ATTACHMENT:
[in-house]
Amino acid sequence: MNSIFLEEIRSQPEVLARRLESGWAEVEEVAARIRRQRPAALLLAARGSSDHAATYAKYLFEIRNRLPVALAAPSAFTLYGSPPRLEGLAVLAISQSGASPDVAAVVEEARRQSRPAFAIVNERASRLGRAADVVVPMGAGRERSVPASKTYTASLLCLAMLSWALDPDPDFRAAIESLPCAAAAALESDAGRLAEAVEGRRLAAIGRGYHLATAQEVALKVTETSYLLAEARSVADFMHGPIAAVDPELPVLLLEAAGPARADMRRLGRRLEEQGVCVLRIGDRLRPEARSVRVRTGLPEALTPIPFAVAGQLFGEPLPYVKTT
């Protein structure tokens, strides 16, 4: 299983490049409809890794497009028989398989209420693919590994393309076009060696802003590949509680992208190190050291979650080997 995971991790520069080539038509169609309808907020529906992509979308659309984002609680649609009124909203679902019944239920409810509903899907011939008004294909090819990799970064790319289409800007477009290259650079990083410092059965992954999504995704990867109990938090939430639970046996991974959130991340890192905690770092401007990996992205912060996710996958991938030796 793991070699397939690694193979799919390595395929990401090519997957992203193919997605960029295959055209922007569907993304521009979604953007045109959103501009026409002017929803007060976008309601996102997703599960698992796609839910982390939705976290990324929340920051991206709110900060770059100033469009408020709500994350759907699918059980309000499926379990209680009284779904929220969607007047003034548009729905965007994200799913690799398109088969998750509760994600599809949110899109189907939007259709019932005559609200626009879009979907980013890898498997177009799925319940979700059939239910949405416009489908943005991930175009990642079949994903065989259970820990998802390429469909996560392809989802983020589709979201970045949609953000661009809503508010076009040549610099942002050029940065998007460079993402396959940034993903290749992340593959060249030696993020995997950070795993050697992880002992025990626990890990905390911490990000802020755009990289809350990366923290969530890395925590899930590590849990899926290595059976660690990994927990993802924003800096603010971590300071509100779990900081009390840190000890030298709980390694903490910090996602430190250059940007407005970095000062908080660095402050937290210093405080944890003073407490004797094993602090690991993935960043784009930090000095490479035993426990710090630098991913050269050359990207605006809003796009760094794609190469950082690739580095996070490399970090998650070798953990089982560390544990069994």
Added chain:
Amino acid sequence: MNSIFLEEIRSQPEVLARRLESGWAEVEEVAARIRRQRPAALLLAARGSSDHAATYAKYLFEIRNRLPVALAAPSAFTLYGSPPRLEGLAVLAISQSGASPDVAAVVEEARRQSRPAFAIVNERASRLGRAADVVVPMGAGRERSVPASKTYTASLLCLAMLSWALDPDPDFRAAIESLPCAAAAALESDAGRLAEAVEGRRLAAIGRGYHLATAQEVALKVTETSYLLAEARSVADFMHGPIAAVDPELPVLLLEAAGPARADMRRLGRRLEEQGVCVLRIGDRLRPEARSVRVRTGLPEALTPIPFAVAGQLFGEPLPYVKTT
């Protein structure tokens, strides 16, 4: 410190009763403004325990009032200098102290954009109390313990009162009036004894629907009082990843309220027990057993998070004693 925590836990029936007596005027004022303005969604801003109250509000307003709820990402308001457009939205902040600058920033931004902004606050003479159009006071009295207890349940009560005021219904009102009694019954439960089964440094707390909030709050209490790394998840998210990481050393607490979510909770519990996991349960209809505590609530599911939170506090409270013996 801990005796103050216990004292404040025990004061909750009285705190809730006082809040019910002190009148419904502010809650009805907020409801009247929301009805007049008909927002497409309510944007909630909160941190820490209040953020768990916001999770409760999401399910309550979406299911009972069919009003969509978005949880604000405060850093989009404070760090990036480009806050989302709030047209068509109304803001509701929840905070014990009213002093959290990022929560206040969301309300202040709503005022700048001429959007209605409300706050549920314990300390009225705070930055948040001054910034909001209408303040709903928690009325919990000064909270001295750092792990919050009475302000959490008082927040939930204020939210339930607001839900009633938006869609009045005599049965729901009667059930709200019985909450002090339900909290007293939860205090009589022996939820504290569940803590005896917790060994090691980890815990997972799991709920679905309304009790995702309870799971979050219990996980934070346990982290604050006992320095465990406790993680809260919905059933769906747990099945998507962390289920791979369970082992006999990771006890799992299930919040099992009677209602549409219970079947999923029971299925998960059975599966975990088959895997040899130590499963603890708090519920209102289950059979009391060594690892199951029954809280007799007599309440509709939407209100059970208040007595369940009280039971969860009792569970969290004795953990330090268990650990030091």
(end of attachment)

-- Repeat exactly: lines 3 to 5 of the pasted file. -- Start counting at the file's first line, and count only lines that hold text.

């Protein structure tokens, strides 16, 4: 299983490049409809890794497009028989398989209420693919590994393309076009060696802003590949509680992208190190050291979650080997 995971991790520069080539038509169609309808907020529906992509979308659309984002609680649609009124909203679902019944239920409810509903899907011939008004294909090819990799970064790319289409800007477009290259650079990083410092059965992954999504995704990867109990938090939430639970046996991974959130991340890192905690770092401007990996992205912060996710996958991938030796 793991070699397939690694193979799919390595395929990401090519997957992203193919997605960029295959055209922007569907993304521009979604953007045109959103501009026409002017929803007060976008309601996102997703599960698992796609839910982390939705976290990324929340920051991206709110900060770059100033469009408020709500994350759907699918059980309000499926379990209680009284779904929220969607007047003034548009729905965007994200799913690799398109088969998750509760994600599809949110899109189907939007259709019932005559609200626009879009979907980013890898498997177009799925319940979700059939239910949405416009489908943005991930175009990642079949994903065989259970820990998802390429469909996560392809989802983020589709979201970045949609953000661009809503508010076009040549610099942002050029940065998007460079993402396959940034993903290749992340593959060249030696993020995997950070795993050697992880002992025990626990890990905390911490990000802020755009990289809350990366923290969530890395925590899930590590849990899926290595059976660690990994927990993802924003800096603010971590300071509100779990900081009390840190000890030298709980390694903490910090996602430190250059940007407005970095000062908080660095402050937290210093405080944890003073407490004797094993602090690991993935960043784009930090000095490479035993426990710090630098991913050269050359990207605006809003796009760094794609190469950082690739580095996070490399970090998650070798953990089982560390544990069994």
Added chain:
Amino acid sequence: MNSIFLEEIRSQPEVLARRLESGWAEVEEVAARIRRQRPAALLLAARGSSDHAATYAKYLFEIRNRLPVALAAPSAFTLYGSPPRLEGLAVLAISQSGASPDVAAVVEEARRQSRPAFAIVNERASRLGRAADVVVPMGAGRERSVPASKTYTASLLCLAMLSWALDPDPDFRAAIESLPCAAAAALESDAGRLAEAVEGRRLAAIGRGYHLATAQEVALKVTETSYLLAEARSVADFMHGPIAAVDPELPVLLLEAAGPARADMRRLGRRLEEQGVCVLRIGDRLRPEARSVRVRTGLPEALTPIPFAVAGQLFGEPLPYVKTT